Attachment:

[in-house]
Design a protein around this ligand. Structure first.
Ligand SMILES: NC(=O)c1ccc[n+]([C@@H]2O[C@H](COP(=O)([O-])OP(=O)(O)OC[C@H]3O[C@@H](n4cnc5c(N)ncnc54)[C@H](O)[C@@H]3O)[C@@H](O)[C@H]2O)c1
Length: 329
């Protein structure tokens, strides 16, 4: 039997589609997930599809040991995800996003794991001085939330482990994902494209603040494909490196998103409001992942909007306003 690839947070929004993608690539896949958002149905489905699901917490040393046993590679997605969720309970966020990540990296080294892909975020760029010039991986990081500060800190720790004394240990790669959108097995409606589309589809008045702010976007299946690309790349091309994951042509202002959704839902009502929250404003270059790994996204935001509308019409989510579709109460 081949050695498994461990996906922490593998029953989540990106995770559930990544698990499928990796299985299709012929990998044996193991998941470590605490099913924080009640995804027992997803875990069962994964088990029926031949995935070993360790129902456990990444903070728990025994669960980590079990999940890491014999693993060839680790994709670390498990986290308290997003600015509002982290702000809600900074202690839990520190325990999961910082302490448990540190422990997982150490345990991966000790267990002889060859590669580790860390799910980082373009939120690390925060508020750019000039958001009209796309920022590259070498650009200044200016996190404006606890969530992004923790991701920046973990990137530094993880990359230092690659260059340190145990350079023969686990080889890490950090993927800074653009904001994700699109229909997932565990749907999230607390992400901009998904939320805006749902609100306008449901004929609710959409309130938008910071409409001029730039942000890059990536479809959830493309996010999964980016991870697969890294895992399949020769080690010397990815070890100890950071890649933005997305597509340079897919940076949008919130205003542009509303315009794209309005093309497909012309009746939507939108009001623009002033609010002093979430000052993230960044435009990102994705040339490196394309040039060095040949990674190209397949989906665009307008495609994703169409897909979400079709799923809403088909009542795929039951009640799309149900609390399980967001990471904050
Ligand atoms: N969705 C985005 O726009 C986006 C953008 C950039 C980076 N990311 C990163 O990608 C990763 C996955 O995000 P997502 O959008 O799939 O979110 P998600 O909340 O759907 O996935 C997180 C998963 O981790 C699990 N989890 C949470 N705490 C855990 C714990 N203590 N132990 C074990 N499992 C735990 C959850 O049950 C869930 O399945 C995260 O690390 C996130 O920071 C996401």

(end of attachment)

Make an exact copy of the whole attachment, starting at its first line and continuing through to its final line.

[in-house]
Design a protein around this ligand. Structure first.
Ligand SMILES: NC(=O)c1ccc[n+]([C@@H]2O[C@H](COP(=O)([O-])OP(=O)(O)OC[C@H]3O[C@@H](n4cnc5c(N)ncnc54)[C@H](O)[C@@H]3O)[C@@H](O)[C@H]2O)c1
Length: 329
């Protein structure tokens, strides 16, 4: 039997589609997930599809040991995800996003794991001085939330482990994902494209603040494909490196998103409001992942909007306003 690839947070929004993608690539896949958002149905489905699901917490040393046993590679997605969720309970966020990540990296080294892909975020760029010039991986990081500060800190720790004394240990790669959108097995409606589309589809008045702010976007299946690309790349091309994951042509202002959704839902009502929250404003270059790994996204935001509308019409989510579709109460 081949050695498994461990996906922490593998029953989540990106995770559930990544698990499928990796299985299709012929990998044996193991998941470590605490099913924080009640995804027992997803875990069962994964088990029926031949995935070993360790129902456990990444903070728990025994669960980590079990999940890491014999693993060839680790994709670390498990986290308290997003600015509002982290702000809600900074202690839990520190325990999961910082302490448990540190422990997982150490345990991966000790267990002889060859590669580790860390799910980082373009939120690390925060508020750019000039958001009209796309920022590259070498650009200044200016996190404006606890969530992004923790991701920046973990990137530094993880990359230092690659260059340190145990350079023969686990080889890490950090993927800074653009904001994700699109229909997932565990749907999230607390992400901009998904939320805006749902609100306008449901004929609710959409309130938008910071409409001029730039942000890059990536479809959830493309996010999964980016991870697969890294895992399949020769080690010397990815070890100890950071890649933005997305597509340079897919940076949008919130205003542009509303315009794209309005093309497909012309009746939507939108009001623009002033609010002093979430000052993230960044435009990102994705040339490196394309040039060095040949990674190209397949989906665009307008495609994703169409897909979400079709799923809403088909009542795929039951009640799309149900609390399980967001990471904050
Ligand atoms: N969705 C985005 O726009 C986006 C953008 C950039 C980076 N990311 C990163 O990608 C990763 C996955 O995000 P997502 O959008 O799939 O979110 P998600 O909340 O759907 O996935 C997180 C998963 O981790 C699990 N989890 C949470 N705490 C855990 C714990 N203590 N132990 C074990 N499992 C735990 C959850 O049950 C869930 O399945 C995260 O690390 C996130 O920071 C996401």